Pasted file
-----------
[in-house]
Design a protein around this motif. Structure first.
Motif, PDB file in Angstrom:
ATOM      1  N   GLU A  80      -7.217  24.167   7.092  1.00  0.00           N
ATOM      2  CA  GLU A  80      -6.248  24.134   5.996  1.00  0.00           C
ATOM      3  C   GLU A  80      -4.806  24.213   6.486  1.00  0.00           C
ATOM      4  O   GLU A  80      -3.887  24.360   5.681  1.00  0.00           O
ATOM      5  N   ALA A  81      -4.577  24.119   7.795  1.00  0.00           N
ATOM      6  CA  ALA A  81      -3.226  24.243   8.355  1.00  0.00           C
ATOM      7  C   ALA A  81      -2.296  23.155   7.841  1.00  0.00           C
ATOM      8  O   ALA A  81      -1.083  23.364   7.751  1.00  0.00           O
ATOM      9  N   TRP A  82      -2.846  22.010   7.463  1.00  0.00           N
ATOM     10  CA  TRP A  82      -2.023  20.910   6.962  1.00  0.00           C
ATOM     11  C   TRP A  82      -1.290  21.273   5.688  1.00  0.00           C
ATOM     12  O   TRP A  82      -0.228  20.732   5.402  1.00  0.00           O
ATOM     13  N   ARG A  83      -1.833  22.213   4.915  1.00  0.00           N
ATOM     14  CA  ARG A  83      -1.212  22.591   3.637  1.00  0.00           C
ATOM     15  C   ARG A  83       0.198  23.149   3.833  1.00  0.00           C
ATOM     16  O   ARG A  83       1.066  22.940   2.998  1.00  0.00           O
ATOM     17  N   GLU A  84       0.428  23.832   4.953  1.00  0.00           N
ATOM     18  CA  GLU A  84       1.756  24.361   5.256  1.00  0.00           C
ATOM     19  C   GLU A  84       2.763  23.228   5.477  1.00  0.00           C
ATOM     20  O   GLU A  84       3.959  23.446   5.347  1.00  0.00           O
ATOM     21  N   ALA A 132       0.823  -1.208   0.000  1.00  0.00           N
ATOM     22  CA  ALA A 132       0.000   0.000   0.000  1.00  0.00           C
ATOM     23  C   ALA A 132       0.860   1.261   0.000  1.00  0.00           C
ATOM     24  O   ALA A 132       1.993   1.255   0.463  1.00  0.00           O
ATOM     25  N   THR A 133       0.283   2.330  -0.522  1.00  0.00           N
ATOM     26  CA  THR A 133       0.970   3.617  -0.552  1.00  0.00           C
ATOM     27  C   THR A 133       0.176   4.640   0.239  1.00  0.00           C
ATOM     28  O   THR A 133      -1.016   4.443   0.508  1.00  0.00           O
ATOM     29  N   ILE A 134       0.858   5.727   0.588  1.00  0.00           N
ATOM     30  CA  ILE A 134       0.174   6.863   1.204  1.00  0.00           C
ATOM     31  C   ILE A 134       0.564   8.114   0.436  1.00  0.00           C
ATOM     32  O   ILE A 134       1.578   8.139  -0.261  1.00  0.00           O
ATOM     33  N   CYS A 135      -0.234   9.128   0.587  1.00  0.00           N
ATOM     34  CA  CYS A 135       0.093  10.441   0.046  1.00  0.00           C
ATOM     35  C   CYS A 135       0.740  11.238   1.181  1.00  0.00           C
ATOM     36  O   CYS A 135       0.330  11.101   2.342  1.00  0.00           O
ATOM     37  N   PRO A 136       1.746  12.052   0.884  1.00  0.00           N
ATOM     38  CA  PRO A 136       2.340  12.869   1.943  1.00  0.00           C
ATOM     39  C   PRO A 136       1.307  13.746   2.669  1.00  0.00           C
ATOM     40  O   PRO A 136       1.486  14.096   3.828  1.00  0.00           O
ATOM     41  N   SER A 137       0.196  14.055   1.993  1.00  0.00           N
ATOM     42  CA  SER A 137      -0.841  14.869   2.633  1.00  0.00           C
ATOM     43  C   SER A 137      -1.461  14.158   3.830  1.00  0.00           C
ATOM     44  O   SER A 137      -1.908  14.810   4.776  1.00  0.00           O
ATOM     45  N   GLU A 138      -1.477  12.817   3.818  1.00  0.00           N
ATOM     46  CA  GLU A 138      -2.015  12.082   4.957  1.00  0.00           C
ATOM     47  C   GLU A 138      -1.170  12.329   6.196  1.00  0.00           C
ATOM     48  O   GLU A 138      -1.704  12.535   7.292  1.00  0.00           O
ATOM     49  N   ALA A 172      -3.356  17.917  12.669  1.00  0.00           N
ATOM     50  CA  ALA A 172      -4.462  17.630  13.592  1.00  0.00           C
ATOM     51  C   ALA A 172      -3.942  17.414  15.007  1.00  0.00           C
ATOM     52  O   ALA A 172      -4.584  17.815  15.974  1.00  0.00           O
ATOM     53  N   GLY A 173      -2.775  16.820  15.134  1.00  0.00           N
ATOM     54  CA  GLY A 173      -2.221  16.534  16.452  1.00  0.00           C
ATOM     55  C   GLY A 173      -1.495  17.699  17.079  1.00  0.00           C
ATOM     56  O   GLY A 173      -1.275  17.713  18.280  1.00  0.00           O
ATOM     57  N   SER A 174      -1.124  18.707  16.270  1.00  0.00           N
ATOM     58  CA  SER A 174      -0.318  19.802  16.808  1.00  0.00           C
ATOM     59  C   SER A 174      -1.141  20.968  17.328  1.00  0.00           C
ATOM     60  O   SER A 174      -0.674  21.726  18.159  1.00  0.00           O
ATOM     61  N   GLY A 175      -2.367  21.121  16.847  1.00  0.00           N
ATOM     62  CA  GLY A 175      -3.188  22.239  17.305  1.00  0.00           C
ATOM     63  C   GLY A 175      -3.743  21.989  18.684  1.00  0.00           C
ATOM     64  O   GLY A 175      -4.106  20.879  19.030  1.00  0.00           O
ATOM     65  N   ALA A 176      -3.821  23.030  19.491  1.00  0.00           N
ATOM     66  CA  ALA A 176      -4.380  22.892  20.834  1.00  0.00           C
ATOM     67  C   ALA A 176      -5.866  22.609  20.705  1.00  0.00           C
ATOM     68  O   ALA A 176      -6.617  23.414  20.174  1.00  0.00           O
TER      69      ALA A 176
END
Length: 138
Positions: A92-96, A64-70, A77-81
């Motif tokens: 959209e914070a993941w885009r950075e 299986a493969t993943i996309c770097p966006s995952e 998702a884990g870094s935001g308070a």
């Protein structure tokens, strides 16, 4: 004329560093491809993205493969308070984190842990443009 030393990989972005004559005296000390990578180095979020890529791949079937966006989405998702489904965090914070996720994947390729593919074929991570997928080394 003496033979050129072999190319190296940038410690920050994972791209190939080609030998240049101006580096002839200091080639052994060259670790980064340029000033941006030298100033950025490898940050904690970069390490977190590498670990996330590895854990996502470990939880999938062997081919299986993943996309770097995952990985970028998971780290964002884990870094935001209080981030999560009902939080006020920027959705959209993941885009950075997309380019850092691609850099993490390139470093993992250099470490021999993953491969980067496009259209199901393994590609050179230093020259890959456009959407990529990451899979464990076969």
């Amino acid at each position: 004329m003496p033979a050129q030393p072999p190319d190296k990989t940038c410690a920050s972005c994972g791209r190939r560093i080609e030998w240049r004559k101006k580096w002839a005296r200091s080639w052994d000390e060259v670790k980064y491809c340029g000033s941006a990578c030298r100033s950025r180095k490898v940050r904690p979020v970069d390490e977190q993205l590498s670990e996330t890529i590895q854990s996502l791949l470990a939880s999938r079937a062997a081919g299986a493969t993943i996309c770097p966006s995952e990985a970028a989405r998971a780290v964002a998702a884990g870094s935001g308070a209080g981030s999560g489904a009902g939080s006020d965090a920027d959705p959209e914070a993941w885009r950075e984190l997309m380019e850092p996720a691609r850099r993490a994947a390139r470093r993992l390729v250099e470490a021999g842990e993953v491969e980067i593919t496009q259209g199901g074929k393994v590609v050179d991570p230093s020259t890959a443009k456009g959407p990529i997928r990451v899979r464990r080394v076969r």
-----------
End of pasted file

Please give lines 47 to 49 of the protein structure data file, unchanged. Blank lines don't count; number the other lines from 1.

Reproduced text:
ATOM     44  O   SER A 137      -1.908  14.810   4.776  1.00  0.00           O
ATOM     45  N   GLU A 138      -1.477  12.817   3.818  1.00  0.00           N
ATOM     46  CA  GLU A 138      -2.015  12.082   4.957  1.00  0.00           C